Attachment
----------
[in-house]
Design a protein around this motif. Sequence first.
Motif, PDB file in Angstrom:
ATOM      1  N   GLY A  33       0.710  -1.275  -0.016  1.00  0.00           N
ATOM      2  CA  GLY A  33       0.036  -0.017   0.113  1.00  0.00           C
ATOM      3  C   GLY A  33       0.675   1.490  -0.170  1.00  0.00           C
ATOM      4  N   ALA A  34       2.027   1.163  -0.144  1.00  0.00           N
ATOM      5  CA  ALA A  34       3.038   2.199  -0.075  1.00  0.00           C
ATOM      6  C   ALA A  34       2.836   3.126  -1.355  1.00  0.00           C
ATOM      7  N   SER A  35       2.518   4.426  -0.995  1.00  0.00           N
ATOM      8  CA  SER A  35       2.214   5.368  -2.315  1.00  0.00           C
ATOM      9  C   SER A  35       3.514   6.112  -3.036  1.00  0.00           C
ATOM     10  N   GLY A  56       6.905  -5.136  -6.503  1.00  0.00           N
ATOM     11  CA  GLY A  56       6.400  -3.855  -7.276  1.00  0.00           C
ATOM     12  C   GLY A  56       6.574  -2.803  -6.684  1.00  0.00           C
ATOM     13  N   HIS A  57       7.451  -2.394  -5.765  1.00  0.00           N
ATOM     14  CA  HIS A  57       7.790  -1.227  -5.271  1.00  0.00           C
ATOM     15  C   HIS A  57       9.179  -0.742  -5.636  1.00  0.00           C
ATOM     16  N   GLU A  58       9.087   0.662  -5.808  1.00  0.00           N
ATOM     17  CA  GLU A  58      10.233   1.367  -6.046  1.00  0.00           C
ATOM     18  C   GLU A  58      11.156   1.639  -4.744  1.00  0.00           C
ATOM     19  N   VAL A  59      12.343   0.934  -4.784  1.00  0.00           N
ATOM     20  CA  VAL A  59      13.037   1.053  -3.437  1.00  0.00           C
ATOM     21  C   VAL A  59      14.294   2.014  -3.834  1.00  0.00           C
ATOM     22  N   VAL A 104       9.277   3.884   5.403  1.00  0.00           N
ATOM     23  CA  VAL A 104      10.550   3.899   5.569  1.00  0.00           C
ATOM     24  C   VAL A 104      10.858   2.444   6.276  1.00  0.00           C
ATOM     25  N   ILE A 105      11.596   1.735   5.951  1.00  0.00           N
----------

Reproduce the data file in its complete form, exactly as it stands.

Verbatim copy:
[in-house]
Design a protein around this motif. Sequence first.
Motif, PDB file in Angstrom:
ATOM      1  N   GLY A  33       0.710  -1.275  -0.016  1.00  0.00           N
ATOM      2  CA  GLY A  33       0.036  -0.017   0.113  1.00  0.00           C
ATOM      3  C   GLY A  33       0.675   1.490  -0.170  1.00  0.00           C
ATOM      4  N   ALA A  34       2.027   1.163  -0.144  1.00  0.00           N
ATOM      5  CA  ALA A  34       3.038   2.199  -0.075  1.00  0.00           C
ATOM      6  C   ALA A  34       2.836   3.126  -1.355  1.00  0.00           C
ATOM      7  N   SER A  35       2.518   4.426  -0.995  1.00  0.00           N
ATOM      8  CA  SER A  35       2.214   5.368  -2.315  1.00  0.00           C
ATOM      9  C   SER A  35       3.514   6.112  -3.036  1.00  0.00           C
ATOM     10  N   GLY A  56       6.905  -5.136  -6.503  1.00  0.00           N
ATOM     11  CA  GLY A  56       6.400  -3.855  -7.276  1.00  0.00           C
ATOM     12  C   GLY A  56       6.574  -2.803  -6.684  1.00  0.00           C
ATOM     13  N   HIS A  57       7.451  -2.394  -5.765  1.00  0.00           N
ATOM     14  CA  HIS A  57       7.790  -1.227  -5.271  1.00  0.00           C
ATOM     15  C   HIS A  57       9.179  -0.742  -5.636  1.00  0.00           C
ATOM     16  N   GLU A  58       9.087   0.662  -5.808  1.00  0.00           N
ATOM     17  CA  GLU A  58      10.233   1.367  -6.046  1.00  0.00           C
ATOM     18  C   GLU A  58      11.156   1.639  -4.744  1.00  0.00           C
ATOM     19  N   VAL A  59      12.343   0.934  -4.784  1.00  0.00           N
ATOM     20  CA  VAL A  59      13.037   1.053  -3.437  1.00  0.00           C
ATOM     21  C   VAL A  59      14.294   2.014  -3.834  1.00  0.00           C
ATOM     22  N   VAL A 104       9.277   3.884   5.403  1.00  0.00           N
ATOM     23  CA  VAL A 104      10.550   3.899   5.569  1.00  0.00           C
ATOM     24  C   VAL A 104      10.858   2.444   6.276  1.00  0.00           C
ATOM     25  N   ILE A 105      11.596   1.735   5.951  1.00  0.00           N